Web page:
37 years rethinking solutions
37 years improving tomorrow
37 years encouraging eco-efficiency
37 years driving excellence
en | es | fr | 中文

Construction in Spain: European Funds and Challenges

Spanish construction sector faces challenges as European funds dwindle

European funds have been an important source of financing for construction projects in Spain, especially the Next Generation EU funds, which financed 12.3% of the works tendered in 2023, compared to 12% in 2022.

In fact, according to Julián Núñez, president of the employers’ association SEOPAN, the arrival of these funds has led to an exceptional period for construction in the country. Up to November 2023, the tendering of works by public administrations exceeded 25,310 million euros, 1.9% more than the previous year, which had already been a record.

However, despite these positive results, threats to the sector have emerged over time that could negatively impact the execution of projects.


Challenges and threats to the sector

The uncontrolled rise in prices of raw materials such as copper, aluminium and corrugated steel due to Covid-19 has put the execution of projects at risk because public works contracts do not have price review mechanisms. In addition, inflation, which has left 3% of tenders untendered in 2023, adds to the difficulties.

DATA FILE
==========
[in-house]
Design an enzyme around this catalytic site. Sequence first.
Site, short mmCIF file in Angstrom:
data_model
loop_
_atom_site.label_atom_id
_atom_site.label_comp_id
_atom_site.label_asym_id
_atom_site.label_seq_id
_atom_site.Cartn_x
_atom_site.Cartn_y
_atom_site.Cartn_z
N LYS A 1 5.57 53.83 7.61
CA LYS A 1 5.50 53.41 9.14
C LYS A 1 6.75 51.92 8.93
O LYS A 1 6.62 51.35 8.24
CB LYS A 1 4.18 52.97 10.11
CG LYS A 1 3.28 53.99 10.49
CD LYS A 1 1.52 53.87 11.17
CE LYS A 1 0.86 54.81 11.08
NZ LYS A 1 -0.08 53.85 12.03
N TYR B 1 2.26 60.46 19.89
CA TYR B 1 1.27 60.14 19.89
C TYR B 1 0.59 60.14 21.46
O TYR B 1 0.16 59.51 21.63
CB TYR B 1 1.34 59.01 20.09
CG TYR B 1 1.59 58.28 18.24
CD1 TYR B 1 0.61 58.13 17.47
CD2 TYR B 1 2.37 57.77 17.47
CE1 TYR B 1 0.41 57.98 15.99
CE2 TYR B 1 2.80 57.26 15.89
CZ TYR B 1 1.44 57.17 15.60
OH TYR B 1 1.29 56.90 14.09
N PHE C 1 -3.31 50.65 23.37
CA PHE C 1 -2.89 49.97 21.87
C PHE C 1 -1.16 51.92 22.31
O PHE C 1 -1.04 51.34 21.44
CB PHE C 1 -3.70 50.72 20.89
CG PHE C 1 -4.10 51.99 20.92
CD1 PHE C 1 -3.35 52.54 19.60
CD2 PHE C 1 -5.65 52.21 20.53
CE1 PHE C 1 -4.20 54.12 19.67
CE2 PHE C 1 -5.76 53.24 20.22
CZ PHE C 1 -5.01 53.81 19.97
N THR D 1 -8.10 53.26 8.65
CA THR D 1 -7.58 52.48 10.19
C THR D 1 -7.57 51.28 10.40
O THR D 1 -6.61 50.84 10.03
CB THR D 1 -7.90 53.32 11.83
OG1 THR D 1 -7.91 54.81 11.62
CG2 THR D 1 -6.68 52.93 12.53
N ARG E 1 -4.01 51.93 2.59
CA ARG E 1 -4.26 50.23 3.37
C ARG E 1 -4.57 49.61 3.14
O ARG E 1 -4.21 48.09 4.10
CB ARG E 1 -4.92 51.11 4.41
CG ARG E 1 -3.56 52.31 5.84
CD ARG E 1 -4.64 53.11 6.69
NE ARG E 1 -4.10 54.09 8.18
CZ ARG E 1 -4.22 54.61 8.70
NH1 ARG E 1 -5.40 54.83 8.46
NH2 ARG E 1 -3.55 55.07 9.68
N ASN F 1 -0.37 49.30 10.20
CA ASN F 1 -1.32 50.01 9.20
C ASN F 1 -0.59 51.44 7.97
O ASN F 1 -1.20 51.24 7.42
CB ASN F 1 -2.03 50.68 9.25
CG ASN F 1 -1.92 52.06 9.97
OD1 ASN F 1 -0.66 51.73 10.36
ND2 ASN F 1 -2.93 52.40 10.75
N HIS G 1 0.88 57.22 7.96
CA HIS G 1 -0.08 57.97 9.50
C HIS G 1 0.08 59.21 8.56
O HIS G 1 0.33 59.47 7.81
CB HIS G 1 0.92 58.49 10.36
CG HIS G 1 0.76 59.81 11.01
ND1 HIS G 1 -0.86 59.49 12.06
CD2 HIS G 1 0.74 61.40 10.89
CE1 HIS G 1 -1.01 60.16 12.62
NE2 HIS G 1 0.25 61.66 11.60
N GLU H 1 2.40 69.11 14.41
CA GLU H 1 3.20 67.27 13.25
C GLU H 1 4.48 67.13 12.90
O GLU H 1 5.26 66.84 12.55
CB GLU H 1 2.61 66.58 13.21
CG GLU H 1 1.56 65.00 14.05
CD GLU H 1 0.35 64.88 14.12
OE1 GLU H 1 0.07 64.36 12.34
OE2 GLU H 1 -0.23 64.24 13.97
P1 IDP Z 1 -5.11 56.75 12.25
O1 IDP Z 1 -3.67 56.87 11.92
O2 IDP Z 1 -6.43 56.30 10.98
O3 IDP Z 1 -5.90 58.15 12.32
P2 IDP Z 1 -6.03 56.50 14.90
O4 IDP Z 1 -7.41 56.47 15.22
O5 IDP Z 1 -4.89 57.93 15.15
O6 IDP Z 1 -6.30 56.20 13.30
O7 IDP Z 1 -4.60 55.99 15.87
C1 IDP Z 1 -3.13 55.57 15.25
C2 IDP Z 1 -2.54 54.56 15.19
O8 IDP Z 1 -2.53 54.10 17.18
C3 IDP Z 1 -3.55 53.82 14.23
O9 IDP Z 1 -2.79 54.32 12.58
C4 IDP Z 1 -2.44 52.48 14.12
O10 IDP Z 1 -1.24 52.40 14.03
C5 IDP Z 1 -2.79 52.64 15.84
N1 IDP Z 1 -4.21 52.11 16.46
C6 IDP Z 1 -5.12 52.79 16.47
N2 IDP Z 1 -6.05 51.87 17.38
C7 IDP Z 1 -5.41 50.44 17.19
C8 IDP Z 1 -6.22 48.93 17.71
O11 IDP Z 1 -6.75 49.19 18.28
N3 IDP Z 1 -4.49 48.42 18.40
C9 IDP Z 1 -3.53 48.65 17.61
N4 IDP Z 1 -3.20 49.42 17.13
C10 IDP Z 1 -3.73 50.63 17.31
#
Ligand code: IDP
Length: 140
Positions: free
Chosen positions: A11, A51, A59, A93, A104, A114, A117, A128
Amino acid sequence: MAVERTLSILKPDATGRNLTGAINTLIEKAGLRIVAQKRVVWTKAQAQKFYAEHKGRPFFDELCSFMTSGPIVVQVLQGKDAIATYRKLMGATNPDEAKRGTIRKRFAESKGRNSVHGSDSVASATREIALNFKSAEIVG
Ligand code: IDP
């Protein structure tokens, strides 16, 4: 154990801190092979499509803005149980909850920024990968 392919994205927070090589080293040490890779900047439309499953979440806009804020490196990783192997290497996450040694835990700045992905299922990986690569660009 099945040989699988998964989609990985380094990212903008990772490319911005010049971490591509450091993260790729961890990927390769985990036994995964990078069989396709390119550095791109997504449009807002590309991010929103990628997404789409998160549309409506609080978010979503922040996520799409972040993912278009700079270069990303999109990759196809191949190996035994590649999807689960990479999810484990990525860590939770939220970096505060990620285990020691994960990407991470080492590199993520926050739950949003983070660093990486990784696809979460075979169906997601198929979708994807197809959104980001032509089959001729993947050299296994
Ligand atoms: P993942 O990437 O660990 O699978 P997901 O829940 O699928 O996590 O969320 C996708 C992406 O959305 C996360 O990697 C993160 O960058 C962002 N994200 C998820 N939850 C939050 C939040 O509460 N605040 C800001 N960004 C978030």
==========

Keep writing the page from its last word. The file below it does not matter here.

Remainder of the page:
The deadline for tendering works under the European funds closed in December 2023, so the sector declares 2024 as “a transitional year”. Public investment is expected to be maintained, but from 2025, with the end of the European funds, a demand for greater fiscal discipline is foreseen.


Proposals and challenges

Experts and industry representatives, such as SEOPAN, highlight the importance of public-private partnerships, such as concessions, in order to anticipate investments, mobilise private capital and free up public funds for other priorities. In fact, Nuñez mentions that “this formula concentrates the project, construction, financing and operation and maintenance of the infrastructure in the same agent, simplifying the transfer of risks and responsibilities and reducing the average maturity period of our investments”.


Prospects for the future

Despite the challenges, projections to 2024 suggest positive inertia due to the continuation of contracts already awarded. However, the sector anticipates a significant change from 2025 onwards, when budgets could suffer due to the lack of European funds and the European Union’s demand for fiscal discipline.


In this context, public-private partnerships and price reviews in contracts are crucial measures to address these challenges.

Source: LaVanguardia